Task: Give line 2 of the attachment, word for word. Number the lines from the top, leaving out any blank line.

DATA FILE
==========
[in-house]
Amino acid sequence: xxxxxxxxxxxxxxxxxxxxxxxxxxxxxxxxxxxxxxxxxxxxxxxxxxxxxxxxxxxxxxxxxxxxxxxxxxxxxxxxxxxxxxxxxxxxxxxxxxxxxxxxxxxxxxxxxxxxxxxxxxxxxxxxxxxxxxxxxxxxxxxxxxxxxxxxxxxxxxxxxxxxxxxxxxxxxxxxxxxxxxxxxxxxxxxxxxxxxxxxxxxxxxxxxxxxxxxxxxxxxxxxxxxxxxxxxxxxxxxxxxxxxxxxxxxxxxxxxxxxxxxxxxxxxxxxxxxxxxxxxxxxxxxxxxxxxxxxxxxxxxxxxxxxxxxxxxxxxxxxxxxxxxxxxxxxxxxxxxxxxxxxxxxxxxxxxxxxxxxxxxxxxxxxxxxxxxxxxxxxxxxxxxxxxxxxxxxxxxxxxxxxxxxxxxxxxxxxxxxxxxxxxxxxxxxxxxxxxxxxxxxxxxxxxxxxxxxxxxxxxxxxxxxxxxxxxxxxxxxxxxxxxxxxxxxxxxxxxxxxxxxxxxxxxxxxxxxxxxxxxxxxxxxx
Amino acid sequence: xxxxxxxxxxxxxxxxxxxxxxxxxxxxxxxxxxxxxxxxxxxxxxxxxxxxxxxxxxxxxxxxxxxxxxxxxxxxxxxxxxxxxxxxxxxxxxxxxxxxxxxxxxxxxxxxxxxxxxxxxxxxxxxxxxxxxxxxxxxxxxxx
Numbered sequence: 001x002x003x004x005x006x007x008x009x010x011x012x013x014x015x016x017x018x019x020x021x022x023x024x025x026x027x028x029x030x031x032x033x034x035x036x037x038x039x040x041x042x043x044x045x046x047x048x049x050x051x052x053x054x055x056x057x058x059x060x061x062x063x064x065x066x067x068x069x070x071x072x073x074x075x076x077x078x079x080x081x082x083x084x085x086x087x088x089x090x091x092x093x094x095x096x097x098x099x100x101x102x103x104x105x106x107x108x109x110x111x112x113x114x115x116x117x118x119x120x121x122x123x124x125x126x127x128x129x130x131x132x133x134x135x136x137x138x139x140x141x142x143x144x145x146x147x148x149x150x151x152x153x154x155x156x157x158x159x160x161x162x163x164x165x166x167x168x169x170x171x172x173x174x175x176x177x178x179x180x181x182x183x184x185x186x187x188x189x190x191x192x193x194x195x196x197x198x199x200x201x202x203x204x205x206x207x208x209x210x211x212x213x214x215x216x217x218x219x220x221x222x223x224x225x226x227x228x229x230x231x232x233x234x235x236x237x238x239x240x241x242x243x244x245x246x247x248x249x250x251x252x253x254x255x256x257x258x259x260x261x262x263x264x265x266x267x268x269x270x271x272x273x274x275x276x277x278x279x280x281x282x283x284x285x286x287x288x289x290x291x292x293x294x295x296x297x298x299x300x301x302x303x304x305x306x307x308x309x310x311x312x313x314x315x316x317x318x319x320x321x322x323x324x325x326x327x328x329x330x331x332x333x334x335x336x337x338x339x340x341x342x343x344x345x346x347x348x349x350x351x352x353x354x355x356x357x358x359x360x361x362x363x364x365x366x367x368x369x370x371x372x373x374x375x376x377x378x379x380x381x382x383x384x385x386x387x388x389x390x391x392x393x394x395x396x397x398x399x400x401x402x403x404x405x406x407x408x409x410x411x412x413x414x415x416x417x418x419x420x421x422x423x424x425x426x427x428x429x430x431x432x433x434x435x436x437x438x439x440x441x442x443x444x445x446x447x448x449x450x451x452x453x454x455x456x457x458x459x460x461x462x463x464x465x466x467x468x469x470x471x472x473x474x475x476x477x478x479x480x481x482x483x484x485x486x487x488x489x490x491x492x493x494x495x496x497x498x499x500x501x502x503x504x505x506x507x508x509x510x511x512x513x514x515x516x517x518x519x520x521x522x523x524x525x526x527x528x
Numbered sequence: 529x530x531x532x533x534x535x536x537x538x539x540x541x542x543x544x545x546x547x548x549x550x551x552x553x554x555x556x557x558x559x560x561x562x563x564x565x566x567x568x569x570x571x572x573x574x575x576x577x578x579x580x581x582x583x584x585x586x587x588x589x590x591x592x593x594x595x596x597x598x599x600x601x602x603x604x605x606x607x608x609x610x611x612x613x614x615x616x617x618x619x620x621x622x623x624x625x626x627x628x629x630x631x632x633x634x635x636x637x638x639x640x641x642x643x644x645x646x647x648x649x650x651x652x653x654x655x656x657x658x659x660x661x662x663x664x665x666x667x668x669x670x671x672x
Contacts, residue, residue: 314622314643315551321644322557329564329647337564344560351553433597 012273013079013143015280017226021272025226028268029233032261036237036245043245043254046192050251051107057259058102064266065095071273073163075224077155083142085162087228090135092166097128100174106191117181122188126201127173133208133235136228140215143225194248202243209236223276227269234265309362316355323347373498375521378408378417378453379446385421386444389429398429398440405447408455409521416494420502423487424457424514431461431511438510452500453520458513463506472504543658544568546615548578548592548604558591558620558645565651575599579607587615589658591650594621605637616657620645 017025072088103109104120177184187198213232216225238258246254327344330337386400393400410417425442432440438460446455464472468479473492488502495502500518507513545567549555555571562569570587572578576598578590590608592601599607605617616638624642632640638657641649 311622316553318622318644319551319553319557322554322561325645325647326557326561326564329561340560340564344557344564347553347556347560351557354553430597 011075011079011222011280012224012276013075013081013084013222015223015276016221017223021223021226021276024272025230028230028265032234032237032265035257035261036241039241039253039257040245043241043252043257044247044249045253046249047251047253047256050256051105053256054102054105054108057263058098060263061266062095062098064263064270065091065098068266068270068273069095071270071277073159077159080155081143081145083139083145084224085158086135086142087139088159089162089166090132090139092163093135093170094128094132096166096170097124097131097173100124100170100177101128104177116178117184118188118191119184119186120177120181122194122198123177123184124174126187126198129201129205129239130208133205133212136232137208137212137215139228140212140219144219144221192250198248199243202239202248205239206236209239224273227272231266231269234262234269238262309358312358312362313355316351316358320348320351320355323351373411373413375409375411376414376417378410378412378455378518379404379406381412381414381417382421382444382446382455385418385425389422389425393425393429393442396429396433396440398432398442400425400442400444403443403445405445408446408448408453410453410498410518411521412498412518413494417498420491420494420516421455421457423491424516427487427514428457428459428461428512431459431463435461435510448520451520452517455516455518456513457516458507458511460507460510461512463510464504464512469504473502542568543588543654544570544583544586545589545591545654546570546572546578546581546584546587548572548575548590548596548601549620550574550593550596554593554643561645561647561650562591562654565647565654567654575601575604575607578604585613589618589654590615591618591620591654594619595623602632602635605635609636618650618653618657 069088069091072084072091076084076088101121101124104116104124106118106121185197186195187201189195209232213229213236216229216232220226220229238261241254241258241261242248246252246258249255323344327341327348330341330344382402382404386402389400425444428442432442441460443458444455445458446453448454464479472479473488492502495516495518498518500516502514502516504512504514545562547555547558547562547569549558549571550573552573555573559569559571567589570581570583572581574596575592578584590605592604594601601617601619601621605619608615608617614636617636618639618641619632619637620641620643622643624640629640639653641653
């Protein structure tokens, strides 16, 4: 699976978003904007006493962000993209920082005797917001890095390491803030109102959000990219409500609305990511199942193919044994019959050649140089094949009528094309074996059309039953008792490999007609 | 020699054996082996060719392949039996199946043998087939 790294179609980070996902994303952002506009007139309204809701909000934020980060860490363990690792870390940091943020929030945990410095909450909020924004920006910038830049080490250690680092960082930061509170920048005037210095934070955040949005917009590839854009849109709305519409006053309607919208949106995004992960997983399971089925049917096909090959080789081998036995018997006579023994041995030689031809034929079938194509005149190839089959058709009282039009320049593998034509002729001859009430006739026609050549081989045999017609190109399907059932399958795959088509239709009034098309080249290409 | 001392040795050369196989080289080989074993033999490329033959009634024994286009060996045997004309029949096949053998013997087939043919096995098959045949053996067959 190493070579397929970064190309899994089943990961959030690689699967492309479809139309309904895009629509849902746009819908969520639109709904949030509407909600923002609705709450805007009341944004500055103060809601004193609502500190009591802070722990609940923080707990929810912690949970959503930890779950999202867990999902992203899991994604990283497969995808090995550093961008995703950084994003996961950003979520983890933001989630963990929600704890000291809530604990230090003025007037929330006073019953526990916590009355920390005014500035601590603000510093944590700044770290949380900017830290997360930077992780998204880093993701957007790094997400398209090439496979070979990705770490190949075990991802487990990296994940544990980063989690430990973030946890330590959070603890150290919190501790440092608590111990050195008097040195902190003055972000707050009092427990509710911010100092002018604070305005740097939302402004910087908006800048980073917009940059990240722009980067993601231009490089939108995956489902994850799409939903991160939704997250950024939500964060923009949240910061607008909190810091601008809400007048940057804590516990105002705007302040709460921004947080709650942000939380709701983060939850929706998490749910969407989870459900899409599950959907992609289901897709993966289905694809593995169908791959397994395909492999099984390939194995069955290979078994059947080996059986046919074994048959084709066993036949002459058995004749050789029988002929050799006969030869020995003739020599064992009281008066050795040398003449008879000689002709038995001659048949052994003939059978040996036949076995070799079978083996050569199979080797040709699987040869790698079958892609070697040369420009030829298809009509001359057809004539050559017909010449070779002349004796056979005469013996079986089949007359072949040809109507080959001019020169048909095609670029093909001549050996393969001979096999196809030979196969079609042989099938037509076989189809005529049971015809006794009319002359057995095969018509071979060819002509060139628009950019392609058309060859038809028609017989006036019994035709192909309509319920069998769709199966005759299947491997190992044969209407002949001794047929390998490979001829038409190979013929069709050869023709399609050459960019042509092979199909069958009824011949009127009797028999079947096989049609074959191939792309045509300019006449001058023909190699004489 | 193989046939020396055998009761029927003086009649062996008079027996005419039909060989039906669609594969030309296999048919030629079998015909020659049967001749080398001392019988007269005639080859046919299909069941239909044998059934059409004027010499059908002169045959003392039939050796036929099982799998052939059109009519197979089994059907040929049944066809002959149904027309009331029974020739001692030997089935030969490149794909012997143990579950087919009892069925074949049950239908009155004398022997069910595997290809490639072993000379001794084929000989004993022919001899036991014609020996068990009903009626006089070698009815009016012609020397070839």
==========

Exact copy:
Amino acid sequence: xxxxxxxxxxxxxxxxxxxxxxxxxxxxxxxxxxxxxxxxxxxxxxxxxxxxxxxxxxxxxxxxxxxxxxxxxxxxxxxxxxxxxxxxxxxxxxxxxxxxxxxxxxxxxxxxxxxxxxxxxxxxxxxxxxxxxxxxxxxxxxxxxxxxxxxxxxxxxxxxxxxxxxxxxxxxxxxxxxxxxxxxxxxxxxxxxxxxxxxxxxxxxxxxxxxxxxxxxxxxxxxxxxxxxxxxxxxxxxxxxxxxxxxxxxxxxxxxxxxxxxxxxxxxxxxxxxxxxxxxxxxxxxxxxxxxxxxxxxxxxxxxxxxxxxxxxxxxxxxxxxxxxxxxxxxxxxxxxxxxxxxxxxxxxxxxxxxxxxxxxxxxxxxxxxxxxxxxxxxxxxxxxxxxxxxxxxxxxxxxxxxxxxxxxxxxxxxxxxxxxxxxxxxxxxxxxxxxxxxxxxxxxxxxxxxxxxxxxxxxxxxxxxxxxxxxxxxxxxxxxxxxxxxxxxxxxxxxxxxxxxxxxxxxxxxxxxxxxxxxxxxxxxxx